# Homework Help: Reactor Fuel and Waste

1. Jul 28, 2008

### LamyJamy

In this problem, we're going get a rough estimate the amount of uranium fuel it would take if the US recieved all its electrical power from nuclear power plants.

The size of a power plant in normally given as the about of electrical power it can produce when running a full capacity. This electrical power produced can be very different than the mechanical or thermal power that was required to produce this electricity. For example, power plant might have a "thermal efficiency" of 25% and so require 100 MWt (mega-watts of thermal power) to produce 25MWe (megawatts of electrical power). The efficiency will vary from plant to plant but an approximate range is from around 2% to 35%.

Lets assume we have a 1000 MWe electrical power plant that recieves its thermal energy from pressured water nuclear reactor (PWR) and has overall thermal efficiency of 30%.

a) What is the total thermal power generated by the reactor?

b) Lets assume that all fission events are https://wug-s.physics.uiuc.edu/cgi/courses/shell/common/showme.pl?cc/DuPage/Phys1202/summer/homework/Ch-32-Nuclear-Physics/fuel_amount_algebra/fission_equation.jpg [Broken]
What is the rate of fission events in the reactor core?

2. Relevant equations
E=mc2
P=E/t
m=mf-mi

3. The attempt at a solution
mf=235.0439u + 1.00867u
mf= 236.05259u

mi=143.92294u + 91.9261528u + 2(1.00867u)
mi=237.8664328u

m=mf-mi
m=237.8664428u - 236.05259u
m=1.8138428u

E=mc2
E=(1.8138428u)*((931.5Mev/c2)/u)*c2
E=1689.5945 Mev

1689.5945 Mev * 1.602E-19 J/ev = 2.707031447E-16 MJ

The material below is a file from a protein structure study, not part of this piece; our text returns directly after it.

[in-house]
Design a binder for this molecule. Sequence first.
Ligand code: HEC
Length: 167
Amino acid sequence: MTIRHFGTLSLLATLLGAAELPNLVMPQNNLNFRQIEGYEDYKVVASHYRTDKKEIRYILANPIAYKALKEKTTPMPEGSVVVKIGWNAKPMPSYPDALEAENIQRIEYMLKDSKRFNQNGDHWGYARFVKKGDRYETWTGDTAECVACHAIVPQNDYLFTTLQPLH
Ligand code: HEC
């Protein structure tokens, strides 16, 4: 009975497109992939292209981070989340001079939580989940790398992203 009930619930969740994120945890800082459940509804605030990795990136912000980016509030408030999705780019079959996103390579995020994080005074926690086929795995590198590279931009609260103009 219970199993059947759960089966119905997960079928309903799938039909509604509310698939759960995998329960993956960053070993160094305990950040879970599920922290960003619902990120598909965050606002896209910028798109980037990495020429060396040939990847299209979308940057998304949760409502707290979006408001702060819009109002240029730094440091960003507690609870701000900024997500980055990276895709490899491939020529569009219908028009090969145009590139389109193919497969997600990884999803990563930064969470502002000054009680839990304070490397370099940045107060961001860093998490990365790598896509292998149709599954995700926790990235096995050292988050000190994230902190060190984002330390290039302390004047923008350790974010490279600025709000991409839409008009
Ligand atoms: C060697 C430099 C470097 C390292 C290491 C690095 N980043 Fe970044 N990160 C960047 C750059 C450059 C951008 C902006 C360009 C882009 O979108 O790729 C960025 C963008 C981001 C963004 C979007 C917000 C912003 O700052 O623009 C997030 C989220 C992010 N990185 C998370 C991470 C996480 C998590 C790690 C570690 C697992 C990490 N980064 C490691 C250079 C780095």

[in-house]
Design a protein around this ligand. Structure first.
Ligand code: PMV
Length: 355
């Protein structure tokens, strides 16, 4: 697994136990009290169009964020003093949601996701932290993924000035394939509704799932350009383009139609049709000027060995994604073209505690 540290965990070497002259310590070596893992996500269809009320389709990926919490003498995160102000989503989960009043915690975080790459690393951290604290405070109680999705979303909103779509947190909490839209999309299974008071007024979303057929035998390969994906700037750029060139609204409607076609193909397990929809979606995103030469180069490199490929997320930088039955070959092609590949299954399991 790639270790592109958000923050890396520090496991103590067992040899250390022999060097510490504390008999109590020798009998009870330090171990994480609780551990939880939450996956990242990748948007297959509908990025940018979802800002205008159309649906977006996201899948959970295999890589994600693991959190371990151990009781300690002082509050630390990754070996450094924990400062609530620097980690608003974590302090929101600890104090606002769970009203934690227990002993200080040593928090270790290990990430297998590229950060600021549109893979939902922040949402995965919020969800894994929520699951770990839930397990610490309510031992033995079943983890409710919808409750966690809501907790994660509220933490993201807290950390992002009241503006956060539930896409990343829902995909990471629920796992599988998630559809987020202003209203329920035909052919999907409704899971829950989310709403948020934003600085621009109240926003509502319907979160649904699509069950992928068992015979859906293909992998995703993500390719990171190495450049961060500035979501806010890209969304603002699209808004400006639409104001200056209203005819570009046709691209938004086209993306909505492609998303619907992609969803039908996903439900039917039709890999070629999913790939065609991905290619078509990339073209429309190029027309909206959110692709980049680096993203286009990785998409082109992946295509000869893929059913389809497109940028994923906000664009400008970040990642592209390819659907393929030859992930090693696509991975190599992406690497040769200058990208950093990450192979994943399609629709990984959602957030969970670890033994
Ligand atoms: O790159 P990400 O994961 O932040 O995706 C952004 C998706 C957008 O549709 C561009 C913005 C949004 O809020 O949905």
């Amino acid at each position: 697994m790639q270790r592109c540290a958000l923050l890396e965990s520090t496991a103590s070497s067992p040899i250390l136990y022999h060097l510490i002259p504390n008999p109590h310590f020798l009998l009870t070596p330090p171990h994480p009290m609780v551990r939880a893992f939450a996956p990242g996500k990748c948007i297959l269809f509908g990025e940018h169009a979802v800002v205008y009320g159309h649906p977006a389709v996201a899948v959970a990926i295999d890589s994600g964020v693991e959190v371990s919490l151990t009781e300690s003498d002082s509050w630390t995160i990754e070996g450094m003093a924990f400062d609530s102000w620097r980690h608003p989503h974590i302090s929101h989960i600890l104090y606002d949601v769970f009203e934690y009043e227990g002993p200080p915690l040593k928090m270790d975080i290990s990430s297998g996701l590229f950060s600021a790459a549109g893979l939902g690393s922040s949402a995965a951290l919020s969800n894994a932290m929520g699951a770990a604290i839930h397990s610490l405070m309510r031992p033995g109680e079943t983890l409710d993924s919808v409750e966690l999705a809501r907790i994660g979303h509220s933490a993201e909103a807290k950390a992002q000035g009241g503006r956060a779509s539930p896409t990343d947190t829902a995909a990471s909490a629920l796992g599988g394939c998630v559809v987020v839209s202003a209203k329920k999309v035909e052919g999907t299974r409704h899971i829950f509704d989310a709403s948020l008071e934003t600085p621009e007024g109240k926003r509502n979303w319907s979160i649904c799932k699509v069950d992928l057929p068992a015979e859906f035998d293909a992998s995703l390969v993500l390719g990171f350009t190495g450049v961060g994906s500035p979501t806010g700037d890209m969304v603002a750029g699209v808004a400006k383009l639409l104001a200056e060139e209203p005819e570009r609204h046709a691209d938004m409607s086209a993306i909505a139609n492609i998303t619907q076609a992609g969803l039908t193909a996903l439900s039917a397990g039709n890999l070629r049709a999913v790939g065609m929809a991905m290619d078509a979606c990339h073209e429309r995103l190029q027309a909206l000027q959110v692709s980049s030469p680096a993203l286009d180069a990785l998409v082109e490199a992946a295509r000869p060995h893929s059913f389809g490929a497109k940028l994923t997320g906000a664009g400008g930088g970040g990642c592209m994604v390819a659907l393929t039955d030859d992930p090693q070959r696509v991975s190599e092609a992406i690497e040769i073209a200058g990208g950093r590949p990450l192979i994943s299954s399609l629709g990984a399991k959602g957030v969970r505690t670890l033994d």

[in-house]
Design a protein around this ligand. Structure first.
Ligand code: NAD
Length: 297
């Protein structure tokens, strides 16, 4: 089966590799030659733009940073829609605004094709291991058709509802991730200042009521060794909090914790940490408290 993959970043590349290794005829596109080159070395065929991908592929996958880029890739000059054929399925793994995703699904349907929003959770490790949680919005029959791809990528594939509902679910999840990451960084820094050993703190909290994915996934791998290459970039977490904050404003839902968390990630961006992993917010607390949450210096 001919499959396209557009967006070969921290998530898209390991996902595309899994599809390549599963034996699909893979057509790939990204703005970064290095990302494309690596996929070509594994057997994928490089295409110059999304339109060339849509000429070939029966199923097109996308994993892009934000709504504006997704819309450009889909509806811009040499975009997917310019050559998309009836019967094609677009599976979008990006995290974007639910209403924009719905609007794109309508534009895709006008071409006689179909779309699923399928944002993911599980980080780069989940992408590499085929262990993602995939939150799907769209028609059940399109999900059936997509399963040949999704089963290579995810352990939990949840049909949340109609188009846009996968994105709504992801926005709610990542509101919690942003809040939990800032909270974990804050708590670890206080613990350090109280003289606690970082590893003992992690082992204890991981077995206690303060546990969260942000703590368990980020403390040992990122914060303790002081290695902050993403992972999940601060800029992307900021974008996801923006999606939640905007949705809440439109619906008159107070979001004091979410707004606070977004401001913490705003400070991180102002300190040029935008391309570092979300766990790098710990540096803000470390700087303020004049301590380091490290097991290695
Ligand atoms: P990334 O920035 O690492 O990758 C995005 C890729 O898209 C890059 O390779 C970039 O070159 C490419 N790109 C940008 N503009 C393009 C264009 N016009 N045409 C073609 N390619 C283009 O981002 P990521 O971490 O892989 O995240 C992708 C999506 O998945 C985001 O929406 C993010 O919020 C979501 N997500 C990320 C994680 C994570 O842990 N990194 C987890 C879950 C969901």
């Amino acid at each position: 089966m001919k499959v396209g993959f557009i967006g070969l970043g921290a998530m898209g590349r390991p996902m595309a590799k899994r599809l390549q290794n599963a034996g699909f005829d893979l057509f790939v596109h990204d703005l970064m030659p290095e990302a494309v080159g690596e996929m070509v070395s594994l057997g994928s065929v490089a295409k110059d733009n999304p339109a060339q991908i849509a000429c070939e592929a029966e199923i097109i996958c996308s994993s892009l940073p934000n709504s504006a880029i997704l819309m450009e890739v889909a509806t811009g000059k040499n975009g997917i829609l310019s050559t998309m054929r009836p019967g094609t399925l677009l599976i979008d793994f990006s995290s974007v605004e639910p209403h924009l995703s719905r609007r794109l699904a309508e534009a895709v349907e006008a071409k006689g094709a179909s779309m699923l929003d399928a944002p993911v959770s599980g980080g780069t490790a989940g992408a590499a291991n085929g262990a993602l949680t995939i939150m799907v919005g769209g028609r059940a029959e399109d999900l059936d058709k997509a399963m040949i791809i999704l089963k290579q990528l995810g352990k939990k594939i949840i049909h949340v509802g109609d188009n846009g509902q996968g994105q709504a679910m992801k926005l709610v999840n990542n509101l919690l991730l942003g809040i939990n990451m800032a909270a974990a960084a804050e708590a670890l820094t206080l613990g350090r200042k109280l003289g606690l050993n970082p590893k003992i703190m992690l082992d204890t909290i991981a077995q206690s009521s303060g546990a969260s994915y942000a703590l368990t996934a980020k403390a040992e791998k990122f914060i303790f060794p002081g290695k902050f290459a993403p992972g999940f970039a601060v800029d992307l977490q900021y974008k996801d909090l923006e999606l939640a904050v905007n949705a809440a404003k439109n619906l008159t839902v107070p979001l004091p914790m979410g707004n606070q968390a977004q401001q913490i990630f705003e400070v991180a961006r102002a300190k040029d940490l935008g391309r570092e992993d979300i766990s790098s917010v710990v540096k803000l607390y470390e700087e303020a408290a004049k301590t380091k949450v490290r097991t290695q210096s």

P=E/t
3333.33 MW = 2.707031447E-16 MJ / t
t = 8.120199E-20 s

Am I approaching the propblem correctly?

Last edited by a moderator: May 3, 2017
2. Jul 29, 2008

### LamyJamy

Oh these were the atomic masses given:
141Ba 140.914406 u
144Ba 143.92294 u
139Te 138.93473 u
141Cs 140.91963 u
90Kr 90.9234424 u
91Kr 89.9195238 u
92Kr 91.9261528 u
94Zr 93.9063158 u
93Rb 92.92157 u
235U 235.04392 u
proton 1.00728 u
neutron 1.00867 u

3. Jul 29, 2008

### Dick

You are approaching it correctly in spirit. But why did you use the mass of Kr(92) in your problem when the statement says Kr(90), and then, I assume, reverse mi and mf to compensate??

4. Jul 29, 2008

### Dick

Zut, alors. That doesn't work. The mass of the initial state is still smaller than the final state. What's going on here? Are you sure of your table?

5. Jul 29, 2008

### Astronuc

Staff Emeritus
Power/(Energy/fission) gives rate of fissions. One must apply the appropriate units.

Try mi=235.0439u + 1.00867u (initial reactants)

mf=143.92294u + 89.9195238 u + 2(1.00867u) (final products)

These are switched

6. Jul 30, 2008

### Dick

Thanks, astronuc.

7. Jul 30, 2008

### LamyJamy

Thanks I got it now. =)